In my very first post, Dean made a comment about my "voice" and how glad he was to see that I was comfortable with mine. Writing is always a laborious process for me. It's a bit of a love/hate relationship in that I usually love the product but hate the process. It took me hours to write most of these posts because of the time I take to make sure they are properly edited, they are well resourced, and that they are enjoyable to read. So I appreciated that Dean noticed my effort to let my personality shine through as that was something that was important to me. One is always a little nervous about the first time he/she puts him/herself out there because, as they say,
Disagreements or having someone challenge your point of view can also be a great way to learn. Sometimes having someone point out an opposing stance can help us to either reconsider our initial thoughts or solidify our position on a topic. One article that had everyone chatting was the story of an Edmonton teacher who was suspended for not abiding by his school's No-Zero Policy. I wrote my own post on the topic and also engaged in conversation with others about their views on the matter, both classmates and strangers. This was a challenge for me as I often think of my views as "irrelevant" or "uninformed" because I am not working in the field yet. But as I took chances and publicized my opinion, I received some positive feedback as well as some alternate perspectives, all with my professionalism intact. These are learning opportunities I would have missed out on if I had remained safely on the sidelines.
I did the same on twitter where, after several failed attempts, I finally participated in an #edchat. It was there that
I received a suggestion for posing questions to increase the likelihood of receiving a comment or starting a conversation, so I began trying to incorporate them into my posts. I found some interesting conversations ensued after a question was asked, like one another classmate posted about homework. As I was checking my Google Reader one day, I saw a similar post from an educator in Alberta and shared the link for Jane in her comments. She checked it out, posted a comment for Joe about her own blog, which then brought him into our discussion. If you look at the conversation there, lots of different ideas and resources were passed around. A great example of collaborative learning and Jane has since started following Joe too.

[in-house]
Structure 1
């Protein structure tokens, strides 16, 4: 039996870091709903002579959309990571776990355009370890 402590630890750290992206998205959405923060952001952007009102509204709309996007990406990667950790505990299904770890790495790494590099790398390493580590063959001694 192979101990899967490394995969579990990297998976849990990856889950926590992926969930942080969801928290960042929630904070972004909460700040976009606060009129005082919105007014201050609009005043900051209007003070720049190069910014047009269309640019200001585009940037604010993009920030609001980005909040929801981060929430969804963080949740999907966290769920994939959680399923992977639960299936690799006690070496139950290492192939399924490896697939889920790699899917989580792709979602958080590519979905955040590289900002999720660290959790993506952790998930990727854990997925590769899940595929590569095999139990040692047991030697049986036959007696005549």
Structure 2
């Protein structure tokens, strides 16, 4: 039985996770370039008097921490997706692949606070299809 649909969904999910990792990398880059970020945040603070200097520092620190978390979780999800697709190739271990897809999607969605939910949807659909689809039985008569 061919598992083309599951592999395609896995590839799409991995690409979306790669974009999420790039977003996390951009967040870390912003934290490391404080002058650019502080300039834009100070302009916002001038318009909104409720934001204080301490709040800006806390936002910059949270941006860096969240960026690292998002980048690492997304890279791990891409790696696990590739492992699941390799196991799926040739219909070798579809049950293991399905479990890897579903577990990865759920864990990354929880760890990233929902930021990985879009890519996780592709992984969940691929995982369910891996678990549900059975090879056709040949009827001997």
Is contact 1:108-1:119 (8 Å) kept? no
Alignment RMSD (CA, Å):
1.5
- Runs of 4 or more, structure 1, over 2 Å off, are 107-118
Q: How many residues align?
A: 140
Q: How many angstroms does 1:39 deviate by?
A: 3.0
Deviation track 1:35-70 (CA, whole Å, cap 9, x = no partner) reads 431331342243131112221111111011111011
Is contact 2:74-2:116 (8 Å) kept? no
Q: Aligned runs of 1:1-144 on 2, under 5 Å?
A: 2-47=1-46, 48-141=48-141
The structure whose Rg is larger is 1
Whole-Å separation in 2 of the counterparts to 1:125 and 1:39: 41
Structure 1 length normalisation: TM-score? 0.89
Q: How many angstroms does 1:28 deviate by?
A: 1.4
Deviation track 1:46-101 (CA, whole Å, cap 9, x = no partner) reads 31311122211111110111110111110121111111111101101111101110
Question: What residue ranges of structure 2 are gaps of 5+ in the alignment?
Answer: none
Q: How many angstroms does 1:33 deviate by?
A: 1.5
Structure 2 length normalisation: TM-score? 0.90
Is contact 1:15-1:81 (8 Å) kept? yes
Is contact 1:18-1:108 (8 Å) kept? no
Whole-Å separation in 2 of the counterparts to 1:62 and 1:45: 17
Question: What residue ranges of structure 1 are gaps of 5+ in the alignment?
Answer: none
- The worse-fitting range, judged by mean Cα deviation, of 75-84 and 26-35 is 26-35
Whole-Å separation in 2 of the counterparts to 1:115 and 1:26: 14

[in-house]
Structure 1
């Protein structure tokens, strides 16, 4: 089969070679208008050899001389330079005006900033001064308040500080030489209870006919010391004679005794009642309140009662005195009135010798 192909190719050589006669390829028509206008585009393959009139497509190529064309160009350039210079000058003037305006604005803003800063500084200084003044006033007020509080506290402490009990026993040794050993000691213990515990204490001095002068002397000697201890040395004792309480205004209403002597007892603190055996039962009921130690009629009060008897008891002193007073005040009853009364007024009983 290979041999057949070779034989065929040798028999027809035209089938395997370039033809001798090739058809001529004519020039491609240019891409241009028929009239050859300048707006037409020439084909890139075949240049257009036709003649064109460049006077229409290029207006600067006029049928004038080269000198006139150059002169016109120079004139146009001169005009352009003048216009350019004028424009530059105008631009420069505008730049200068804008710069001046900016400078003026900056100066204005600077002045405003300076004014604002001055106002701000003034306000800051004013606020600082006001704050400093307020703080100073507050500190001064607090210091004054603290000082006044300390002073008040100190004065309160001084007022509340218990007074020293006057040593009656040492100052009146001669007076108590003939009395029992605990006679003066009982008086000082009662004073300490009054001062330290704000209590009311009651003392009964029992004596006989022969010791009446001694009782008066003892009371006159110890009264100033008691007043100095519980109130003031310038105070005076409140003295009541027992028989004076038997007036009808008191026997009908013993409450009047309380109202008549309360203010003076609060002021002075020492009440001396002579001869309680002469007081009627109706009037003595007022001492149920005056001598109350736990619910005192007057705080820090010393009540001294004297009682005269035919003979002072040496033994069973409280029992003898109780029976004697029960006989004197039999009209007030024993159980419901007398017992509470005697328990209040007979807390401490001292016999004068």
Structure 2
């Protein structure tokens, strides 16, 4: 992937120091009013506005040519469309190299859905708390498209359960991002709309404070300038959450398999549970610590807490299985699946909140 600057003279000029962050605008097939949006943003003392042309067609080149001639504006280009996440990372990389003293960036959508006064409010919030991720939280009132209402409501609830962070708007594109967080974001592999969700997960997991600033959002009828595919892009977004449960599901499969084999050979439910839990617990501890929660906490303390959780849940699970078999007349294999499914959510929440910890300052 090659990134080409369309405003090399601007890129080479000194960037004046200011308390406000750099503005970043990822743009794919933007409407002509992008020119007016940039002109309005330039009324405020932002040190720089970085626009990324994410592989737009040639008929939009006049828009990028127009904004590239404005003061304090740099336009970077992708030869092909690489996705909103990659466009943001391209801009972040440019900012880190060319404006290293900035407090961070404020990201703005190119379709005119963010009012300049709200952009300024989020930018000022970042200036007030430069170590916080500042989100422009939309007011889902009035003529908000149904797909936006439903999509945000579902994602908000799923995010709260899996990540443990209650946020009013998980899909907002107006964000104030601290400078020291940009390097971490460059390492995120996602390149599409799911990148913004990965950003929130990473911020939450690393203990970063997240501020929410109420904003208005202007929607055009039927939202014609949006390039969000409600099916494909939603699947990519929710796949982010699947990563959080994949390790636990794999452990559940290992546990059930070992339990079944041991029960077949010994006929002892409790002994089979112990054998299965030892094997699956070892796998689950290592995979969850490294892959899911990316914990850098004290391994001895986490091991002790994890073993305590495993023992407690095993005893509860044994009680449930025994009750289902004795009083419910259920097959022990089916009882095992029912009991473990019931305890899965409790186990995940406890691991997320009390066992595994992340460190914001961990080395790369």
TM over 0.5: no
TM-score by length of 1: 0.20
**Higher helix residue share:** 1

Another thing I found with questions, are that they can be an actual call for help. I noticed many of my peers asking for assistance with some aspect of technology and I always tried to respond because I know how frustrating it can be sometimes! I read about a classmate struggling with the size of something she was trying to embed in her blog. Since we both use Weebly, I played around with it in my own blog first and then sent her the instructions so she would have them for next time. I also provided Jane with some assistance with embedding her survey in WordPress and directed another classmate to Jane on twitter when she was struggling with the same issue. I've even extended my helping hand to people outside the class with technology troubles like my friend here. I am a problem solver by nature, so I love responding to challenges.
Throughout the semester I tried to remain conscious of the positive feelings and motivation I got from knowing that people were reading my posts. For me, comments are a measure of reader engagement so I made a point of sharing my thoughts with fellow bloggers. I did it for children and I did it for adults and both made me feel great. Part of a teacher's job is to inspire, inform, share, and collaborate with students and other educators. I consider myself lucky because, in my chosen profession, I will get to do this kind of stuff everyday. And Dean, my classmates, and everyone else I have connected with along the way, have all taught me that technology has expanded the audience with which I can do those things. I think I really embraced the collaborative style of this class, which is so critical because as Dean wrote, "You can't be a lurker in [this] class". I value all of the input and resources I have received over the semester and I hope that my classmates feel the same way about my contributions.
Education is changing. What an exciting time to be a teacher!
Thank you everyone for a great semester!